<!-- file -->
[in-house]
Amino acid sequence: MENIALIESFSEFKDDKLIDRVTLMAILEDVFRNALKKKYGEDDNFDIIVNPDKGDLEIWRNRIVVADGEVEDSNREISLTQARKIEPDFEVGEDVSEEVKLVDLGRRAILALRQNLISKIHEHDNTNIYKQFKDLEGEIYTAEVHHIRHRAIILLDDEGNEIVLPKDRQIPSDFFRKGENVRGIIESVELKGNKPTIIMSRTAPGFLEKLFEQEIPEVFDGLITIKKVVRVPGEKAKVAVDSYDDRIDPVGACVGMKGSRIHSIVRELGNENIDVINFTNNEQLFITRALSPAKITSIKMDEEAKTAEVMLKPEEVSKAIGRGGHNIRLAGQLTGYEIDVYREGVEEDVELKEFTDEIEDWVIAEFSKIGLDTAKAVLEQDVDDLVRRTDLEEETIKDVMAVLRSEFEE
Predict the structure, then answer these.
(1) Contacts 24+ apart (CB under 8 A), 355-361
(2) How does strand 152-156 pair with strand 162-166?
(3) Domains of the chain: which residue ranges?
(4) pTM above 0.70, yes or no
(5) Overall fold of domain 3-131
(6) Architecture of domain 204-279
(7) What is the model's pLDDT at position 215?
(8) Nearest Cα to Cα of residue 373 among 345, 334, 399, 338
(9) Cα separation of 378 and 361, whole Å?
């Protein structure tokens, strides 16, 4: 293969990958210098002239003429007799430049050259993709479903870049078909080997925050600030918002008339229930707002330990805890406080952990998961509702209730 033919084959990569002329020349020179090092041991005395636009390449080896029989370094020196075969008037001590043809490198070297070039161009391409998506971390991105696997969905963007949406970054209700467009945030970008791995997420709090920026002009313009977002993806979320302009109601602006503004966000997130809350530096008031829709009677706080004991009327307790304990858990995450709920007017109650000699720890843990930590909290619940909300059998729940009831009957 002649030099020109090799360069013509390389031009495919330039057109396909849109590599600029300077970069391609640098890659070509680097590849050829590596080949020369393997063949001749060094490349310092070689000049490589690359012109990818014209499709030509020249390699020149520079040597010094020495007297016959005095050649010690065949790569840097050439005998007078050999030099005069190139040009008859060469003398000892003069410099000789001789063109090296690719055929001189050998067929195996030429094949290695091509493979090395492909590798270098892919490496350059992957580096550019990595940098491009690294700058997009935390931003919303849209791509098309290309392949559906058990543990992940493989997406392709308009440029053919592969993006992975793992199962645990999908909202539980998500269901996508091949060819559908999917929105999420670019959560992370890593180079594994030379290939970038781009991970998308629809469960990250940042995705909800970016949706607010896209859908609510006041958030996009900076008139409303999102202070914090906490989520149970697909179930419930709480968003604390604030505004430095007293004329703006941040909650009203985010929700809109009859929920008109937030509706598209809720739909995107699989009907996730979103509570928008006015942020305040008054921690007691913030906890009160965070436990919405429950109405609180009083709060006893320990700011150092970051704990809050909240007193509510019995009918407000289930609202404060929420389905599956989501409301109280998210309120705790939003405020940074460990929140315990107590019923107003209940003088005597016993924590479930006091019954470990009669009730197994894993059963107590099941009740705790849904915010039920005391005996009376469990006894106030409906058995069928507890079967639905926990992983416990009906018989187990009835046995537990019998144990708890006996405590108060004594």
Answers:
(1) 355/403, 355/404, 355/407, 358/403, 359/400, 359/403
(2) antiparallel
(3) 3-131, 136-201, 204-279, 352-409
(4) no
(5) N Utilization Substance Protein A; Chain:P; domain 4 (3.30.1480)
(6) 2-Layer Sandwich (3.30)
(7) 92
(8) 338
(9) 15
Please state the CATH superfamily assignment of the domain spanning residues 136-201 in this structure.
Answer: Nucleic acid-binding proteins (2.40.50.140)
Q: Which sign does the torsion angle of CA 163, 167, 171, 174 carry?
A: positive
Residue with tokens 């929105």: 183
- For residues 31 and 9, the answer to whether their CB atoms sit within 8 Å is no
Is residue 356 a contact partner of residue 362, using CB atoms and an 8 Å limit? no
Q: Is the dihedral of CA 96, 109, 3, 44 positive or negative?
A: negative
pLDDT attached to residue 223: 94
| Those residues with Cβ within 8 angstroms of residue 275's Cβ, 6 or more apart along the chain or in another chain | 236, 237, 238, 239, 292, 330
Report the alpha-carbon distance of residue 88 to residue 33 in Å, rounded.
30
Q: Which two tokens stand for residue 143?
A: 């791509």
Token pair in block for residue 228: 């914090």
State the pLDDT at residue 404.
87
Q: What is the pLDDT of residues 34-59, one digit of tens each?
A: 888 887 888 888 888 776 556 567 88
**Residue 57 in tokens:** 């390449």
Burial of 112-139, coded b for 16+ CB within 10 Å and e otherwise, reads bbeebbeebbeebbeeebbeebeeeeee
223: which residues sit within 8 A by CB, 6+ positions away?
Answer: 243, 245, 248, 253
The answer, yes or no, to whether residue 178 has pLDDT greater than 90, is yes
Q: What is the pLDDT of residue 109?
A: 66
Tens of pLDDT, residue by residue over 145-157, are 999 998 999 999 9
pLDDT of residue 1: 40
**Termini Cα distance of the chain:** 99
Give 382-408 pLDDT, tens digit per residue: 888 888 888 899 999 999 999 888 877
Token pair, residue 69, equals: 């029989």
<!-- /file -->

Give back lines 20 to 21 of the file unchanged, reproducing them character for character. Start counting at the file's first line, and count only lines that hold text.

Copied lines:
(6) 2-Layer Sandwich (3.30)
(7) 92